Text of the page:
It is the witness given by the Holy Ghost to the individual members of the Church that God lives; that Jesus Christ his son, is our Savior and Redeemer; that his gospel is the plan of salvation and the way to eternal life; and that The Church of Jesus Christ of Latter-day Saints is his church, possessing authority to preach the gospel and administer the saving ordinances thereof, which give vitality, strength, and power to the Church.

I bear to you, my brothers and sisters and friends, whoever you are and wherever you are, my personal witness to the truth of all these things to which I have called your attention.

The Holy Ghost has revealed to me that they are true. By his power I know that God lives; that we are his offspring; that Christ lives; that his gospel is true; that The Church of Jesus Christ of Latter-day Saints is his church; that President Spencer W. Kimball is a prophet called by the Lord to preside over his church; that the Holy Ghost is a revealer of and a witness to these things; and that by his power each of us may, as Moroni declared, “know the truth of all things.” (Moro. 10:5.)

I humbly and sincerely invite all of you to believe on the Lord Jesus Christ, to repent and be baptized in his name, and receive the unspeakable gift of the Holy Ghost, by the laying on of the hands of the elders of His Church; and I invite you to thereafter follow his guidance.

All who do this shall be prepared to meet the Savior when he comes, for he has said:

“… at that day, when I shall come in my glory, shall the parable be fulfilled which I spake concerning the ten virgins.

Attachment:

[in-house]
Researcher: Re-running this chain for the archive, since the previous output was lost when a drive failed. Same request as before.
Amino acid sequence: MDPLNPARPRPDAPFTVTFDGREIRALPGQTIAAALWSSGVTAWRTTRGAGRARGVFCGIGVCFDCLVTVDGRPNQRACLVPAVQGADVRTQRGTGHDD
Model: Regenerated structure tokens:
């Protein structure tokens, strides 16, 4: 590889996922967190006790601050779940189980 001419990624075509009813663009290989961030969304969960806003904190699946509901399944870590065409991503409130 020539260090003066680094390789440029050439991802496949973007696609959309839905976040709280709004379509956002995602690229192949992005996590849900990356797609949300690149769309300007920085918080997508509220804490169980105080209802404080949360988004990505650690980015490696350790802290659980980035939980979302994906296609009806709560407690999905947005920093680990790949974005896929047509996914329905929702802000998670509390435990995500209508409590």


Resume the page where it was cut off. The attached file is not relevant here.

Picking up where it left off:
“For they that are wise and have received the truth, and have taken the Holy Spirit for their guide, and have not been deceived—verily I say unto you, they shall not be hewn down and cast into the fire, but shall abide the day.

“And the earth shall be given unto them for an inheritance; and they shall multiply and wax strong, and their children shall grow up without sin unto salvation.

“For the Lord shall be in their midst, and his glory shall be upon them, and he will be their king and their lawgiver.” (D&C 45:56–59.)

That we may all, through following the guidance of the Holy Spirit, be prepared to “abide” that great day, I humbly pray in the name of Jesus Christ. Amen.

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LDS.org - Ensign Article - Communion with the Holy Spirit

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The Right of Personal Revelation

Latter-day Saints, having received the gift of the Holy Ghost by the laying on of hands, are entitled to personal inspiration in the small events of life as well as when they are confronted with the giant Goliaths of life. If worthy, we are entitled to receive revelations for ourselves, parents for their children, and members of the Church in their callings. But the right of revelation for others does not extend beyond our own stewardship.

David, the youngest son of Jesse, a mere shepherd boy, volunteered to fight the giant Goliath. David and all of the army of Israel were insulted by the humiliating taunts of this formidable giant, but David knew that inspiration had brought him to save Israel. King Saul was so impressed with the faith and determination of this young boy that he appointed him to fight Goliath. Goliath made sport of David’s youth and lack of armament. David responded that he came in the name of the Lord of Hosts, the God of the armies of Israel, and that the whole assembly would learn that the Lord does not save by the sword and the spear, “for the battle is the Lord’s” (1 Sam. 17:47). Then David threw a rock from his sling with such force and accuracy that the stone sank deep into the forehead of Goliath. Goliath fell to the earth a dying man, and the Philistines fled in fear.

What has happened to David’s living God? It is the greatest insult to reason to suggest that God, who spoke so freely to the prophets of the Old Testament, now stands mute, uncommunicative, and silent.